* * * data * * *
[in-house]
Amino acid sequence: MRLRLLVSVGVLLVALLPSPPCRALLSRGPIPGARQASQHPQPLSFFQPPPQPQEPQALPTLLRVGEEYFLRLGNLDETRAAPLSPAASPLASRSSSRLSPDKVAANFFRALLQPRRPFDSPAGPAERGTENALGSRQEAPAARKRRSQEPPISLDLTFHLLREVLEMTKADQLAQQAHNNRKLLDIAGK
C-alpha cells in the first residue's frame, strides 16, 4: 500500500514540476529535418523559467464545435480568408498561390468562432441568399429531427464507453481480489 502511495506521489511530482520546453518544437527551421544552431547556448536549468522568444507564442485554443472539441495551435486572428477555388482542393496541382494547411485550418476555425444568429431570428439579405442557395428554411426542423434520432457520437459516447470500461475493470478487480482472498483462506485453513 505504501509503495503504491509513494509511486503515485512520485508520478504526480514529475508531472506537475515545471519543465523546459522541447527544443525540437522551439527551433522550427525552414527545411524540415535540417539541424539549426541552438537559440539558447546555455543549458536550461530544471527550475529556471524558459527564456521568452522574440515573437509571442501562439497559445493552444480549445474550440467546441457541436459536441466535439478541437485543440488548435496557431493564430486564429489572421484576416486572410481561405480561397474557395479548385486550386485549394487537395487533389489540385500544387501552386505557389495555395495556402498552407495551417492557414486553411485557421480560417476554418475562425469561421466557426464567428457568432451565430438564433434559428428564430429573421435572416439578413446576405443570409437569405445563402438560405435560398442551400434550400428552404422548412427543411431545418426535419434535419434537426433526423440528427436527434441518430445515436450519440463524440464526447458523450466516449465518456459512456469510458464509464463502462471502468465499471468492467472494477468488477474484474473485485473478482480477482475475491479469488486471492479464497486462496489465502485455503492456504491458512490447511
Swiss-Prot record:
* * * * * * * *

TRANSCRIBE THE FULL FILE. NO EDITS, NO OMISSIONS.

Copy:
[in-house]
Amino acid sequence: MRLRLLVSVGVLLVALLPSPPCRALLSRGPIPGARQASQHPQPLSFFQPPPQPQEPQALPTLLRVGEEYFLRLGNLDETRAAPLSPAASPLASRSSSRLSPDKVAANFFRALLQPRRPFDSPAGPAERGTENALGSRQEAPAARKRRSQEPPISLDLTFHLLREVLEMTKADQLAQQAHNNRKLLDIAGK
C-alpha cells in the first residue's frame, strides 16, 4: 500500500514540476529535418523559467464545435480568408498561390468562432441568399429531427464507453481480489 502511495506521489511530482520546453518544437527551421544552431547556448536549468522568444507564442485554443472539441495551435486572428477555388482542393496541382494547411485550418476555425444568429431570428439579405442557395428554411426542423434520432457520437459516447470500461475493470478487480482472498483462506485453513 505504501509503495503504491509513494509511486503515485512520485508520478504526480514529475508531472506537475515545471519543465523546459522541447527544443525540437522551439527551433522550427525552414527545411524540415535540417539541424539549426541552438537559440539558447546555455543549458536550461530544471527550475529556471524558459527564456521568452522574440515573437509571442501562439497559445493552444480549445474550440467546441457541436459536441466535439478541437485543440488548435496557431493564430486564429489572421484576416486572410481561405480561397474557395479548385486550386485549394487537395487533389489540385500544387501552386505557389495555395495556402498552407495551417492557414486553411485557421480560417476554418475562425469561421466557426464567428457568432451565430438564433434559428428564430429573421435572416439578413446576405443570409437569405445563402438560405435560398442551400434550400428552404422548412427543411431545418426535419434535419434537426433526423440528427436527434441518430445515436450519440463524440464526447458523450466516449465518456459512456469510458464509464463502462471502468465499471468492467472494477468488477474484474473485485473478482480477482475475491479469488486471492479464497486462496489465502485455503492456504491458512490447511
Swiss-Prot record: